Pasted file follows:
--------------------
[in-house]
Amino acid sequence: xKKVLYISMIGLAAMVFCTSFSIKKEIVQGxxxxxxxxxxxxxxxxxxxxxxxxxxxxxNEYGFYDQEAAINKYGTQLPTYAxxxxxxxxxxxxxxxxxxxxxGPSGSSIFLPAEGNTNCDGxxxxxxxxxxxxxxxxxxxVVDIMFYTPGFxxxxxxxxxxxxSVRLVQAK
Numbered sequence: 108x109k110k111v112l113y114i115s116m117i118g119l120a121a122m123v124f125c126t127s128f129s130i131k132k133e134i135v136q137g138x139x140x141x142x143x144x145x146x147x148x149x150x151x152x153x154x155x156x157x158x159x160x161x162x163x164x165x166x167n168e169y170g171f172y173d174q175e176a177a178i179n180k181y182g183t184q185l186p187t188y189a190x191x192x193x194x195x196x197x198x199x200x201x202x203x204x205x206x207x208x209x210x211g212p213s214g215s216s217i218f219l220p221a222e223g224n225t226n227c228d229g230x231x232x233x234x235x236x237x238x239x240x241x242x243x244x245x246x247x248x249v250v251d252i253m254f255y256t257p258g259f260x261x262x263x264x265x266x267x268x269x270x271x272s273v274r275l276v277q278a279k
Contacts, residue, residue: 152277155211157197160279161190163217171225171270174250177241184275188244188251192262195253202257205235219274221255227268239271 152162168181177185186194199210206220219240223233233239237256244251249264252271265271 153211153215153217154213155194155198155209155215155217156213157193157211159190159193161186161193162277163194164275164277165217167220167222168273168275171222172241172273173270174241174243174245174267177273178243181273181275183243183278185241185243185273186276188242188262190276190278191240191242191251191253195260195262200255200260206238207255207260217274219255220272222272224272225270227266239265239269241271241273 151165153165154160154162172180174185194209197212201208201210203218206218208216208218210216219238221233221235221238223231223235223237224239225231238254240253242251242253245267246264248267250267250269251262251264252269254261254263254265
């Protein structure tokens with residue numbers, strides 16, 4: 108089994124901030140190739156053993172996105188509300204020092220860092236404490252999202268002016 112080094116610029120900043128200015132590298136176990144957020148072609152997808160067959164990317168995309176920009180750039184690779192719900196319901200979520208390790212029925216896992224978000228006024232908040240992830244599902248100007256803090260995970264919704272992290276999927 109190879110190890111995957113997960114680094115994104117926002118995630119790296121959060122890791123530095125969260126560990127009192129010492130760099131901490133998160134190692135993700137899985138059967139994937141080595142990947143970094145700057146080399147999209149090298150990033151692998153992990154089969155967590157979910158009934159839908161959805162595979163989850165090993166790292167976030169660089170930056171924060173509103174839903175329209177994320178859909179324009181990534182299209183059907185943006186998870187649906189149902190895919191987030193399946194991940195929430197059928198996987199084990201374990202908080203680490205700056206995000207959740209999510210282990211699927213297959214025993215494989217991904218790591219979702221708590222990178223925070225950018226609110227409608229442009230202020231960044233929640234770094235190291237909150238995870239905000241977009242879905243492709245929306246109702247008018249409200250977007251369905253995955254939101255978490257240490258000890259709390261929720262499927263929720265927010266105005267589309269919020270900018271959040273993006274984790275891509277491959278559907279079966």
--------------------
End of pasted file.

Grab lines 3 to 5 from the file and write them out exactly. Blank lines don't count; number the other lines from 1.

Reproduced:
Numbered sequence: 108x109k110k111v112l113y114i115s116m117i118g119l120a121a122m123v124f125c126t127s128f129s130i131k132k133e134i135v136q137g138x139x140x141x142x143x144x145x146x147x148x149x150x151x152x153x154x155x156x157x158x159x160x161x162x163x164x165x166x167n168e169y170g171f172y173d174q175e176a177a178i179n180k181y182g183t184q185l186p187t188y189a190x191x192x193x194x195x196x197x198x199x200x201x202x203x204x205x206x207x208x209x210x211g212p213s214g215s216s217i218f219l220p221a222e223g224n225t226n227c228d229g230x231x232x233x234x235x236x237x238x239x240x241x242x243x244x245x246x247x248x249v250v251d252i253m254f255y256t257p258g259f260x261x262x263x264x265x266x267x268x269x270x271x272s273v274r275l276v277q278a279k
Contacts, residue, residue: 152277155211157197160279161190163217171225171270174250177241184275188244188251192262195253202257205235219274221255227268239271 152162168181177185186194199210206220219240223233233239237256244251249264252271265271 153211153215153217154213155194155198155209155215155217156213157193157211159190159193161186161193162277163194164275164277165217167220167222168273168275171222172241172273173270174241174243174245174267177273178243181273181275183243183278185241185243185273186276188242188262190276190278191240191242191251191253195260195262200255200260206238207255207260217274219255220272222272224272225270227266239265239269241271241273 151165153165154160154162172180174185194209197212201208201210203218206218208216208218210216219238221233221235221238223231223235223237224239225231238254240253242251242253245267246264248267250267250269251262251264252269254261254263254265
């Protein structure tokens with residue numbers, strides 16, 4: 108089994124901030140190739156053993172996105188509300204020092220860092236404490252999202268002016 112080094116610029120900043128200015132590298136176990144957020148072609152997808160067959164990317168995309176920009180750039184690779192719900196319901200979520208390790212029925216896992224978000228006024232908040240992830244599902248100007256803090260995970264919704272992290276999927 109190879110190890111995957113997960114680094115994104117926002118995630119790296121959060122890791123530095125969260126560990127009192129010492130760099131901490133998160134190692135993700137899985138059967139994937141080595142990947143970094145700057146080399147999209149090298150990033151692998153992990154089969155967590157979910158009934159839908161959805162595979163989850165090993166790292167976030169660089170930056171924060173509103174839903175329209177994320178859909179324009181990534182299209183059907185943006186998870187649906189149902190895919191987030193399946194991940195929430197059928198996987199084990201374990202908080203680490205700056206995000207959740209999510210282990211699927213297959214025993215494989217991904218790591219979702221708590222990178223925070225950018226609110227409608229442009230202020231960044233929640234770094235190291237909150238995870239905000241977009242879905243492709245929306246109702247008018249409200250977007251369905253995955254939101255978490257240490258000890259709390261929720262499927263929720265927010266105005267589309269919020270900018271959040273993006274984790275891509277491959278559907279079966």